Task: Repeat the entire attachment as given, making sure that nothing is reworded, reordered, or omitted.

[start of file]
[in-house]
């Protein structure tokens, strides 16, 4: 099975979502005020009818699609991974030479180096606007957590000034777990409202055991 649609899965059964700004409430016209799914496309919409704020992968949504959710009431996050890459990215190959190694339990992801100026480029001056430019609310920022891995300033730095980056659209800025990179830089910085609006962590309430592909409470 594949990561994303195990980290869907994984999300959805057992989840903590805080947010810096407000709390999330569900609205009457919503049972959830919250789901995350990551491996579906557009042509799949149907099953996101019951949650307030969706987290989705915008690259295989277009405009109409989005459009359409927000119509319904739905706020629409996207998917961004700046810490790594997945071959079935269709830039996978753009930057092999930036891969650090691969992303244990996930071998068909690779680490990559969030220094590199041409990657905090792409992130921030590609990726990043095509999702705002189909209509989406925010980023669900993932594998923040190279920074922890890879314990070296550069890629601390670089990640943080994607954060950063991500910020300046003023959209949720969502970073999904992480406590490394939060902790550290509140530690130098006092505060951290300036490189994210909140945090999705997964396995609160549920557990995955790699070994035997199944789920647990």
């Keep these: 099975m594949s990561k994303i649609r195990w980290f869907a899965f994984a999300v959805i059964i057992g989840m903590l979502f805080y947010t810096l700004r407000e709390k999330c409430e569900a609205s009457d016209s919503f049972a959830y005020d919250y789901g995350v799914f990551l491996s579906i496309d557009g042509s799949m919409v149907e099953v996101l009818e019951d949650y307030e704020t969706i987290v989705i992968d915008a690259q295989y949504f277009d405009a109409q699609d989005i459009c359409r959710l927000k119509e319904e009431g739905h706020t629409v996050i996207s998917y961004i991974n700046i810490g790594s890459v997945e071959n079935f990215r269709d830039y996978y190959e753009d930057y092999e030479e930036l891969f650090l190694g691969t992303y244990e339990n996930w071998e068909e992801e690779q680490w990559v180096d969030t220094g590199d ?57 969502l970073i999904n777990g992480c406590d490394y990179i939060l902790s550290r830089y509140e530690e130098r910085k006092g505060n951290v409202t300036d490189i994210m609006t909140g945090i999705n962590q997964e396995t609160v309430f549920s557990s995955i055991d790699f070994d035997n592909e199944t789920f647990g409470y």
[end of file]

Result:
[in-house]
């Protein structure tokens, strides 16, 4: 099975979502005020009818699609991974030479180096606007957590000034777990409202055991 649609899965059964700004409430016209799914496309919409704020992968949504959710009431996050890459990215190959190694339990992801100026480029001056430019609310920022891995300033730095980056659209800025990179830089910085609006962590309430592909409470 594949990561994303195990980290869907994984999300959805057992989840903590805080947010810096407000709390999330569900609205009457919503049972959830919250789901995350990551491996579906557009042509799949149907099953996101019951949650307030969706987290989705915008690259295989277009405009109409989005459009359409927000119509319904739905706020629409996207998917961004700046810490790594997945071959079935269709830039996978753009930057092999930036891969650090691969992303244990996930071998068909690779680490990559969030220094590199041409990657905090792409992130921030590609990726990043095509999702705002189909209509989406925010980023669900993932594998923040190279920074922890890879314990070296550069890629601390670089990640943080994607954060950063991500910020300046003023959209949720969502970073999904992480406590490394939060902790550290509140530690130098006092505060951290300036490189994210909140945090999705997964396995609160549920557990995955790699070994035997199944789920647990």
């Keep these: 099975m594949s990561k994303i649609r195990w980290f869907a899965f994984a999300v959805i059964i057992g989840m903590l979502f805080y947010t810096l700004r407000e709390k999330c409430e569900a609205s009457d016209s919503f049972a959830y005020d919250y789901g995350v799914f990551l491996s579906i496309d557009g042509s799949m919409v149907e099953v996101l009818e019951d949650y307030e704020t969706i987290v989705i992968d915008a690259q295989y949504f277009d405009a109409q699609d989005i459009c359409r959710l927000k119509e319904e009431g739905h706020t629409v996050i996207s998917y961004i991974n700046i810490g790594s890459v997945e071959n079935f990215r269709d830039y996978y190959e753009d930057y092999e030479e930036l891969f650090l190694g691969t992303y244990e339990n996930w071998e068909e992801e690779q680490w990559v180096d969030t220094g590199d ?57 969502l970073i999904n777990g992480c406590d490394y990179i939060l902790s550290r830089y509140e530690e130098r910085k006092g505060n951290v409202t300036d490189i994210m609006t909140g945090i999705n962590q997964e396995t609160v309430f549920s557990s995955i055991d790699f070994d035997n592909e199944t789920f647990g409470y």